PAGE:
(MENAFN- AFP) Philadelphia's two daily newspapers are being donated to a newly created non-profit organization in a bid to keep the struggling news operations alive, the owner announced Tuesday.
Under the plan, the Philadelphia Inquirer and Philadelphia Daily News will be operated by a tax-exempt public benefit corporation, in the latest upheaval at a news organization which has undergone several ownership changes and bankruptcy over the past decade.
Gerry Lenfest, the sole owner and chairman of Philadelphia Media Network which owns the two dailies and its philly.com online operations, announced his plan for a newly created tax-exempt organization known as the Institute for Journalism in New Media, operated with the local Philadelphia Foundation.
Lenfest said in a statement that he hopes the plan will allow the groups to maintain a tradition of independent public service journalism and investigative reporting.
"My goal is to ensure that the journalism traditionally provided by the printed newspapers is given a new life and prolonged, while new media formats for its distribution are being developed," Lenfest said.
"Of all of the ventures I have been involved with in my life, nothing is more important than preserving the journalism that has been delivered by these storied news organizations."
The newsrooms will continue to operate under their current management team as a taxable subsidiary of the non-profit Institute.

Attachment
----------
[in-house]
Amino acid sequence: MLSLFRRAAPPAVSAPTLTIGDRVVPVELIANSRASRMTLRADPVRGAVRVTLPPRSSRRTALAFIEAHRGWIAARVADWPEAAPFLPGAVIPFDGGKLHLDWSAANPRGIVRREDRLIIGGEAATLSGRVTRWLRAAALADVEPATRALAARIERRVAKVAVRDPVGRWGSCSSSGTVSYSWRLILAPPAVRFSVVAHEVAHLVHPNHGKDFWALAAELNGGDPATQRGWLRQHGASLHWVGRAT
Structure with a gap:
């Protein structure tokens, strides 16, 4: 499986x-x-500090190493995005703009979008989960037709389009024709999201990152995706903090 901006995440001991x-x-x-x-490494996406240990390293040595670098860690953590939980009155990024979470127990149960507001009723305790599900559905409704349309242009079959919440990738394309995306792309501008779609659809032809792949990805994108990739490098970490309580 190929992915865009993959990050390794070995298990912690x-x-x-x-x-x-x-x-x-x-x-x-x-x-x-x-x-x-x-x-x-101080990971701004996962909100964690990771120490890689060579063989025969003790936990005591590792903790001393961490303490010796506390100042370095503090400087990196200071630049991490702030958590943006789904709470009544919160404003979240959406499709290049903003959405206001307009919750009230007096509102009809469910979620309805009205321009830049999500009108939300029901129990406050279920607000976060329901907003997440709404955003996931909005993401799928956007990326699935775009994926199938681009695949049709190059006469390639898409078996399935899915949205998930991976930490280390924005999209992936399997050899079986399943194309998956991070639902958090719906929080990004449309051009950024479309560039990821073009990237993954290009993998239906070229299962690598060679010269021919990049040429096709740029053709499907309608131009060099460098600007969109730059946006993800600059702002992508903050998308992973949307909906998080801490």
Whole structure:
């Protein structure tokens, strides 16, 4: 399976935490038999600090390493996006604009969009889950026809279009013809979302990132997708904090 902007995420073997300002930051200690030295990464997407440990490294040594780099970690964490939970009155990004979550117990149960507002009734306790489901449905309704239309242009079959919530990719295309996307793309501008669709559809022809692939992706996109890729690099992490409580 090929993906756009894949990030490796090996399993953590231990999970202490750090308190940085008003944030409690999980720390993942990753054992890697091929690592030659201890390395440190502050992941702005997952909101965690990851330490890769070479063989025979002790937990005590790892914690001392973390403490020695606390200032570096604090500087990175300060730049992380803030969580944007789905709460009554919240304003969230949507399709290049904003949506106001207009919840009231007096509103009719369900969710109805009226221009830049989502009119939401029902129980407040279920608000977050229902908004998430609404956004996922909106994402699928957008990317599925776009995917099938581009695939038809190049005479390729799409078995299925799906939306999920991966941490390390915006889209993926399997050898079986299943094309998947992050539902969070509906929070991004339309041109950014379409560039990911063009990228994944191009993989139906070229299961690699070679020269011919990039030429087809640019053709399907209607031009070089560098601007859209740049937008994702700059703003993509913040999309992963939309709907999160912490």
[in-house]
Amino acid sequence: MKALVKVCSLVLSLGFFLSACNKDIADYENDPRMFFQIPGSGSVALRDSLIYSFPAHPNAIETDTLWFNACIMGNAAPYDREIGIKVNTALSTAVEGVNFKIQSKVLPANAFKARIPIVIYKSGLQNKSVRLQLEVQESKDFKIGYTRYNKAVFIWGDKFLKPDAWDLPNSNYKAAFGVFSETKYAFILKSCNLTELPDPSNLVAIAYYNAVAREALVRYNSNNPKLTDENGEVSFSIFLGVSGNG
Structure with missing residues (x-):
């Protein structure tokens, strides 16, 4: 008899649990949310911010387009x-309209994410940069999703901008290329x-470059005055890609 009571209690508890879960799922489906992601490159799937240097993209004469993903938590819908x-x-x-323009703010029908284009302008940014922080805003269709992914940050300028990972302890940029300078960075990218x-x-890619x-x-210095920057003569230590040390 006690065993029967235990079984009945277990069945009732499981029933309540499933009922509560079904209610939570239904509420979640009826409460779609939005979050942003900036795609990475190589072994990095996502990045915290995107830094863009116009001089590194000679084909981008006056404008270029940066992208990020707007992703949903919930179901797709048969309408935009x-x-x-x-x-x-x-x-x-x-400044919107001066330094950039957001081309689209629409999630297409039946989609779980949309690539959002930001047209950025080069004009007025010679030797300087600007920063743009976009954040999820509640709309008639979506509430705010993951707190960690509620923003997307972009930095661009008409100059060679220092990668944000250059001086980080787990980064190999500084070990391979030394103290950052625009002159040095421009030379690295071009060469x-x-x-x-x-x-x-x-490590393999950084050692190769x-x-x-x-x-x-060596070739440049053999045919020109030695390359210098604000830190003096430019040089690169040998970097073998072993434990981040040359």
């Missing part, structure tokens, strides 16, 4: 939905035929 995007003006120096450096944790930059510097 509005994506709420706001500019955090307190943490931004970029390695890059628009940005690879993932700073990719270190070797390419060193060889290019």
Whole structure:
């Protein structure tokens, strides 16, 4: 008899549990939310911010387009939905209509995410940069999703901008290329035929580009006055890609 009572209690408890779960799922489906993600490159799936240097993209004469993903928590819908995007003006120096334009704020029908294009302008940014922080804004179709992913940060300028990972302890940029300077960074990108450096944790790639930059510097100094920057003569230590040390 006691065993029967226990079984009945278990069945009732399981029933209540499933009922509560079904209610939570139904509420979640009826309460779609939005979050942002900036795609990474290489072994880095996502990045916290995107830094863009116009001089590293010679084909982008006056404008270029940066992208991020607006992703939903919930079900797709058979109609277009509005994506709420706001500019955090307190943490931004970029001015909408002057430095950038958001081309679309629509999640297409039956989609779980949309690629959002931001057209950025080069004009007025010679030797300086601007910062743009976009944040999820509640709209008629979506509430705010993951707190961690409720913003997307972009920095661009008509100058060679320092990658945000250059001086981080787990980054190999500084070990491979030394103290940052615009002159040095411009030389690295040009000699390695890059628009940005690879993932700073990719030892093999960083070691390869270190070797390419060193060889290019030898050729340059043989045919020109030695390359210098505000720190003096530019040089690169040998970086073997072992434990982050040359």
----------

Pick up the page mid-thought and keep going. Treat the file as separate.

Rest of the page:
"While still running the news organizations as a for-profit business, the new ownership structure under the Institute allows journalism at The Philadelphia Inquirer, Daily News and philly.com to benefit more readily from philanthropic dollars, yet still be governed by those best equipped to manage and operate these news outlets," the statement said.
Lenfest will donate $20 million in seed funding to the Institute, which will seek other philanthropic funding sources.
He will be the initial chairman of a 10-member board for the Institute, which will also include prominent journalists, academics and members of the philanthropic community.
The Inquirer had been among the largest and most prestigious US dailies but went into a downward spiral as it lost readers and advertising to online news operations.
In 2006, local investor Brian Tierney bought the dailies for $515 million in cash. But the group filed for bankruptcy in 2009.
That price declined to $139 million at a 2010 bankruptcy auction, and to $55 million when it was sold again in 2012.
Lenfest and businessman Lewis Katz paid $88 million for the operations in 2014, and Lenfest became the sole owner when Katz died in a plane crash that year.
The newspapers continued to struggle, with further cuts to the newsroom staff announced in 2015.
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